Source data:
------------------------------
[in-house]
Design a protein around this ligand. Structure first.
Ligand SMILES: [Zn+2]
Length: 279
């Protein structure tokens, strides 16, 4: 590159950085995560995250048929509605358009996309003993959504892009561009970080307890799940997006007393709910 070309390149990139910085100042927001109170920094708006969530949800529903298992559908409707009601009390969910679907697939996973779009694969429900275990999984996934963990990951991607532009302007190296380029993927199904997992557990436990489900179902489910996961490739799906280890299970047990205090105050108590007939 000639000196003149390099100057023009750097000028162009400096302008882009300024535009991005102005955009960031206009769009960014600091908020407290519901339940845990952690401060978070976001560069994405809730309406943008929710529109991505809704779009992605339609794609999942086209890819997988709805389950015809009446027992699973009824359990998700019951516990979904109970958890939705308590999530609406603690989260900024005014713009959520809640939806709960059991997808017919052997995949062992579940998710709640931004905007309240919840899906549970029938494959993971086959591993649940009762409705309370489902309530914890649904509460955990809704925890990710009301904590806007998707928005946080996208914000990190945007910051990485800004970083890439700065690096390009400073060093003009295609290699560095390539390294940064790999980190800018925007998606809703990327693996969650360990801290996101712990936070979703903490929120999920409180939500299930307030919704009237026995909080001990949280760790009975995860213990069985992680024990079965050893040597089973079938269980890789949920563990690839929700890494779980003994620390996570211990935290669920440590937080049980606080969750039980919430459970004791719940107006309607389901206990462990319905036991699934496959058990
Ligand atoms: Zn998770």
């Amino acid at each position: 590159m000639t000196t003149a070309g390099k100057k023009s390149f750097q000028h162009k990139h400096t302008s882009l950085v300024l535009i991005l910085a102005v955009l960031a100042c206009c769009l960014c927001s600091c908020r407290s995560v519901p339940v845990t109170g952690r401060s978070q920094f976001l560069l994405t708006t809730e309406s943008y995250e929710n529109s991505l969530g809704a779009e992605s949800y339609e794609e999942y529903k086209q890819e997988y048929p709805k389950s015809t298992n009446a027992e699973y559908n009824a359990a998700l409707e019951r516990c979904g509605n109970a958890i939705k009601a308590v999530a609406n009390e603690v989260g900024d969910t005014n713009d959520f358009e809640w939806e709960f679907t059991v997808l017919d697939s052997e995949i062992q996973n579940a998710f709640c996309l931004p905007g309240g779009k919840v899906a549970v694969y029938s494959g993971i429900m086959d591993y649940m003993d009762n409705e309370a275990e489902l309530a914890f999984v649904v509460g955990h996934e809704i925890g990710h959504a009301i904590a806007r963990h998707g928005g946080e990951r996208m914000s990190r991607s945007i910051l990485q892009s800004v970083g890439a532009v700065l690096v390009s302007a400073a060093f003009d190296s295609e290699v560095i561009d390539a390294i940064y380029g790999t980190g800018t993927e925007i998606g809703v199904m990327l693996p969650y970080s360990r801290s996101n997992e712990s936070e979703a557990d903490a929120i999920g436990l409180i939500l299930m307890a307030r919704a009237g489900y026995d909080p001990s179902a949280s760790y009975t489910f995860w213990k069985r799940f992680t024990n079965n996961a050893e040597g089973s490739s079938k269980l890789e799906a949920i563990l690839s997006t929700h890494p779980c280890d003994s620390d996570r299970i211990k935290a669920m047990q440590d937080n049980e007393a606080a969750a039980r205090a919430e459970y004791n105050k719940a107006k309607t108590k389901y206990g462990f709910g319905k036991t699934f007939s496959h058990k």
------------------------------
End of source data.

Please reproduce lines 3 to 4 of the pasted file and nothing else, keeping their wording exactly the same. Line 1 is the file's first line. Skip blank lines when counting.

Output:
Ligand SMILES: [Zn+2]
Length: 279